115def fill_row(boxes, page, separation): 116 """Fill a row with elements removed from boxes. 117 118 The elements put in the row should be a good fit for laying out on 119 page considering separation. 120 """ 121 122 row =  123 x = page.x 124 while boxes: 125 b = boxes.pop(0) 126 row.append(b) 127 b.x = x 128 if is_breaking(b, page): 129 break 130 131 x = x + b.w + separation 132 return row
BTW, I did write some tests for it, you can see them in test_fill_row.py
And here is the new
layout() in all its smallness:
135def layout(_boxes, _pages, separation): 136 """Layout boxes along pages.""" 137 138 # We modify these lists, so use copies 139 boxes = _boxes[:] 140 pages = _pages[:] 141 142 # Start in page 0 143 current_page = pages.pop(0) 144 y = current_page.y 145 146 # If we run out of boxes or pages, stop 147 while boxes and pages: 148 # If this row would end below the page, advance to next page 149 if (y + boxes.h) > (current_page.y + current_page.h): 150 current_page = pages.pop(0) 151 y = current_page.y 152 # Put "enough" letters into row and out of boxes 153 row = fill_row(boxes, current_page, separation) 154 # Adjust box positions to fill the page width 155 justify_row(row, current_page, separation) 156 # Put all the letters in the right vertical position 157 y = y + row.h + separation 158 for b in row: 159 b.y = y 160 # Remove unused pages 161 del (_pages[-len(pages):])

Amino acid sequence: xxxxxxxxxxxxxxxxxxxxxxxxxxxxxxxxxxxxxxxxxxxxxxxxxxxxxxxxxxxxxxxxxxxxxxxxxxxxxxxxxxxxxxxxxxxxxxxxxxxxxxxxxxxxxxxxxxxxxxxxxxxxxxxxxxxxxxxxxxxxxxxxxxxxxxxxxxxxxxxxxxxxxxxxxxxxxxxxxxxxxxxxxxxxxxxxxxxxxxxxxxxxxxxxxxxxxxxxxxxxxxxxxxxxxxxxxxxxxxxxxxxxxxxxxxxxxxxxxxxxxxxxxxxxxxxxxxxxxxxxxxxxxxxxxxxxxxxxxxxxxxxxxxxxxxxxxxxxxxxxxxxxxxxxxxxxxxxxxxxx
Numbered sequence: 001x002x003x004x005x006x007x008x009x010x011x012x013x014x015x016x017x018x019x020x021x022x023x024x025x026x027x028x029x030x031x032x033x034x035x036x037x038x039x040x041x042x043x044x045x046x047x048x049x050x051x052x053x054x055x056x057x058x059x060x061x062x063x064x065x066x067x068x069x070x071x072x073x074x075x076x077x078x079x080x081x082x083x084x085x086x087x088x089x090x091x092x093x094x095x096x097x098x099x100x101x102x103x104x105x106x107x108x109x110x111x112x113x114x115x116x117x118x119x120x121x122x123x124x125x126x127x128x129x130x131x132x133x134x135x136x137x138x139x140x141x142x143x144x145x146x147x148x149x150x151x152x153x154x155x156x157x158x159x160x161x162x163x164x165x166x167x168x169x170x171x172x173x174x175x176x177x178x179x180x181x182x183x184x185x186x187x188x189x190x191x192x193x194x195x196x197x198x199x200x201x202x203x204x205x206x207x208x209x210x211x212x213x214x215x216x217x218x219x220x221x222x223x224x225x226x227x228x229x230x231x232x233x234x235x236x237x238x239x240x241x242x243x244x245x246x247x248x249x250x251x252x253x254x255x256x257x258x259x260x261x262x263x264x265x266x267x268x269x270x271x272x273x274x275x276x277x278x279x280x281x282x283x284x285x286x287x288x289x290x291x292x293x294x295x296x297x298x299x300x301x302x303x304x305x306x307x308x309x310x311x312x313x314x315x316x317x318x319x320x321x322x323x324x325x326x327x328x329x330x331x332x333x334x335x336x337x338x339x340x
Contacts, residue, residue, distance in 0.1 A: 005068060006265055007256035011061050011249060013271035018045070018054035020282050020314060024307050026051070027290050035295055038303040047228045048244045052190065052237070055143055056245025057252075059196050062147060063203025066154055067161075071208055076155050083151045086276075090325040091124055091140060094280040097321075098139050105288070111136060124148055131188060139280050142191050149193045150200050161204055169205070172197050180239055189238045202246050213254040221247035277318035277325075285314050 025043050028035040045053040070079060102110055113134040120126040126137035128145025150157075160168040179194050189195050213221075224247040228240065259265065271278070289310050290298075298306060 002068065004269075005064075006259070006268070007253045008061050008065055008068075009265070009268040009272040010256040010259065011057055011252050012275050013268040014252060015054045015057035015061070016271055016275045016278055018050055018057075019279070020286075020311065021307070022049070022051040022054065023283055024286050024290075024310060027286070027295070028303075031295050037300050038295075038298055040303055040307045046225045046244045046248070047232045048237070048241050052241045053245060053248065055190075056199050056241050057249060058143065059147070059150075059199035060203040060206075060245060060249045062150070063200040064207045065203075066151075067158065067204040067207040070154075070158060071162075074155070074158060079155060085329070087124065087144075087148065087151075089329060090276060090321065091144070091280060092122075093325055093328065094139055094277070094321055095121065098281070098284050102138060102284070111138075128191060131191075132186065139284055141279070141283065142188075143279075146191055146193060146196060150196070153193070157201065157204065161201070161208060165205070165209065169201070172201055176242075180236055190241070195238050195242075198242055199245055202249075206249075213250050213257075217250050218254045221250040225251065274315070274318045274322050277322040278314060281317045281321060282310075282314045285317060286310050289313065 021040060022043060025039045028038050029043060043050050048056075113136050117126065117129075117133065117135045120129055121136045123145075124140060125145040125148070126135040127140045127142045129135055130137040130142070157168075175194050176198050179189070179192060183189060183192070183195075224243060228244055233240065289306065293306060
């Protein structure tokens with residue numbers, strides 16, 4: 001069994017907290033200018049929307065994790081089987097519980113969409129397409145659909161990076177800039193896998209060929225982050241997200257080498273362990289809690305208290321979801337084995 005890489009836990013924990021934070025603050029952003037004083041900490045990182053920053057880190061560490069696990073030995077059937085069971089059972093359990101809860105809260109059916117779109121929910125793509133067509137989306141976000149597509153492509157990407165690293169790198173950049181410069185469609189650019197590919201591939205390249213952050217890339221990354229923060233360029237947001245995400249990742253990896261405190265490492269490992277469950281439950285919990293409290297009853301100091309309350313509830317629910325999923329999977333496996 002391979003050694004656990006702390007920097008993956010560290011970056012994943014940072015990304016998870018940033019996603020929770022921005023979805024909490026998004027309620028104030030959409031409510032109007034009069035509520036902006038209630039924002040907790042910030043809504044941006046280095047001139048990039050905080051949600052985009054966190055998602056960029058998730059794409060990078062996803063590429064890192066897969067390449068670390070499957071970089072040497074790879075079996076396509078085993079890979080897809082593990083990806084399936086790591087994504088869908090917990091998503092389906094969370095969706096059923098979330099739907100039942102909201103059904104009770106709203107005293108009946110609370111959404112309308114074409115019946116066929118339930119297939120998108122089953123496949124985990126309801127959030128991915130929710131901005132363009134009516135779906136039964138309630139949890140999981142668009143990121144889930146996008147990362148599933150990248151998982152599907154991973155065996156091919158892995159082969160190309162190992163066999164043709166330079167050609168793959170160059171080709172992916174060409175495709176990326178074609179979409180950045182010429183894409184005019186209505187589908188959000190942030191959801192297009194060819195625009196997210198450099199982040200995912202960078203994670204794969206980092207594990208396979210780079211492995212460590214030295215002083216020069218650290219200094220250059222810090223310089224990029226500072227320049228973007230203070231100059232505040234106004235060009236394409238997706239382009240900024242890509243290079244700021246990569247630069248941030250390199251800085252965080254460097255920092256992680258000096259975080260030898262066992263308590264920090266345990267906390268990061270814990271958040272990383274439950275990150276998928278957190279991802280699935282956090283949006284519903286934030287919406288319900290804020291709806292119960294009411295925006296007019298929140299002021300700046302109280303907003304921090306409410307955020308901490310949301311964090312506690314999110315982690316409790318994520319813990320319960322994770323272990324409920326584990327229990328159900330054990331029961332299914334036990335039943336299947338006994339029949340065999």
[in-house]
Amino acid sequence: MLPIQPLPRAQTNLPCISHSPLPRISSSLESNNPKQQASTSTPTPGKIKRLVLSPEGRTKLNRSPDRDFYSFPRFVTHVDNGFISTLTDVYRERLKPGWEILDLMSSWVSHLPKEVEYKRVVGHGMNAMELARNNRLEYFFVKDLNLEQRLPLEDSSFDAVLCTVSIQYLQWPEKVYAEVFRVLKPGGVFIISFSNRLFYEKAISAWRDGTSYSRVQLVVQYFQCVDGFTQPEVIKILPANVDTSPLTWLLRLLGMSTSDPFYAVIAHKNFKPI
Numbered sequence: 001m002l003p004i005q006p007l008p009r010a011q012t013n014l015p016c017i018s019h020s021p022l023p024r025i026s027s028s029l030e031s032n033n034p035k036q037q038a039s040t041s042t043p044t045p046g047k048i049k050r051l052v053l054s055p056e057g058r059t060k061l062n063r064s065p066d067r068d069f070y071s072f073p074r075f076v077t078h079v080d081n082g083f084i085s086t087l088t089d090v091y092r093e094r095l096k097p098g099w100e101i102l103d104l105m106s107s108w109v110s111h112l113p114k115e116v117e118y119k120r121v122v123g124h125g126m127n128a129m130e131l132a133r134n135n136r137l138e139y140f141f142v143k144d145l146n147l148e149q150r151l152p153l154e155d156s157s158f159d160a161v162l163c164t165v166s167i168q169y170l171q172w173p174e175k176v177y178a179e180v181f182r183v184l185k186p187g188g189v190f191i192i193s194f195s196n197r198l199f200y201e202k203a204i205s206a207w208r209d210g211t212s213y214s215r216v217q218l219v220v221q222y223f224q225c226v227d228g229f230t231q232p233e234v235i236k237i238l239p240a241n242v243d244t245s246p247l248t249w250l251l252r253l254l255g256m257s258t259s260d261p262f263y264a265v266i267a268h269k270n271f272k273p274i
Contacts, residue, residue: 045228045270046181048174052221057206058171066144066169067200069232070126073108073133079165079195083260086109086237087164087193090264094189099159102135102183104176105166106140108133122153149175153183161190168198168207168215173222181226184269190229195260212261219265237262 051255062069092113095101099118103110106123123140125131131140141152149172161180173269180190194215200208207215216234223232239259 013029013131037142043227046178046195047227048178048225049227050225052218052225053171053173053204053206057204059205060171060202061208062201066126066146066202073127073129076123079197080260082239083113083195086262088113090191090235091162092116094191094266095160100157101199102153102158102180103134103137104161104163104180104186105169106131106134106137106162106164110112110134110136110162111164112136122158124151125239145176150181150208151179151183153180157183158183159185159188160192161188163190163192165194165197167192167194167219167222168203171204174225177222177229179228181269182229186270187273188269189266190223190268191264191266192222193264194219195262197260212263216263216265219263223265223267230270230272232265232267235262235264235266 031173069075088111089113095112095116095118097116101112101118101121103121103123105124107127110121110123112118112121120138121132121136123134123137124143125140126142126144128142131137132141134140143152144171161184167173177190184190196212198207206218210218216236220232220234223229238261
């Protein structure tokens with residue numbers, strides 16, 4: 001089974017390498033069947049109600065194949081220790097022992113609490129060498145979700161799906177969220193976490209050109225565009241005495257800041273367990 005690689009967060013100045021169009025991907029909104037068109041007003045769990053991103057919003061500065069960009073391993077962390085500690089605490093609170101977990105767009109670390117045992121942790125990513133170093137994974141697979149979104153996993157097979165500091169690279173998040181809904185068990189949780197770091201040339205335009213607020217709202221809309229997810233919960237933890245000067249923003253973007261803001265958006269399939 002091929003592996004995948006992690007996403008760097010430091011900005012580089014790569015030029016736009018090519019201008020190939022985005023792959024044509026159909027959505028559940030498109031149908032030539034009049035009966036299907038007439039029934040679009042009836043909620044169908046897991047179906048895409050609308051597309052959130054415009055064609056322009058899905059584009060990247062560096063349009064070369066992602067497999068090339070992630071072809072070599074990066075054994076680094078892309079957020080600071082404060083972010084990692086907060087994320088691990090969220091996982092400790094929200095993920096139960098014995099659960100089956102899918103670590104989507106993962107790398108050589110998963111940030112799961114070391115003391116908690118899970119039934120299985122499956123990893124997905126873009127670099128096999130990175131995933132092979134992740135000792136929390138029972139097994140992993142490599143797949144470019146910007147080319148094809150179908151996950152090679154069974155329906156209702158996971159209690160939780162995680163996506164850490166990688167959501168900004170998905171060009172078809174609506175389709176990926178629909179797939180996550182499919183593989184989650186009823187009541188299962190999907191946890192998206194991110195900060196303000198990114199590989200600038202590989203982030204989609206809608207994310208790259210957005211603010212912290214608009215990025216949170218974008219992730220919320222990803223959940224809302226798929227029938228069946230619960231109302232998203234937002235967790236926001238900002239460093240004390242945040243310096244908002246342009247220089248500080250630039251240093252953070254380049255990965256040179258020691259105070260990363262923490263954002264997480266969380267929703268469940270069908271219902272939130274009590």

I took code that added real hyphens at the end of rows broken on soft-hyphens
and moved it into
74 # If the line ends with a soft-hyphen, replace it with a real hyphen 75 elif row[-1].letter == "\xad": 76 # This looks pretty bad, doesn't it? 77 hyphen = hyphenbox() 78 row[-1].letter = hyphen.letter 79 row[-1].w = hyphen.w
And of course added a test for it called
test_add_hyphen() in test_justify_row.py. This means we are not using
add_hyphen() anywhere so I removed it.
Does it work?
$ python boxes.py ./pride-and-prejudice.txt lesson8.svg
Well, not perfectly. The last line is weirdly justified. But it's not bad for such a drastic change!
The problem with the last line is a mystery. Before we improve our line-breaking algorithm, we will have to fix it.
We may end up having some actual tests for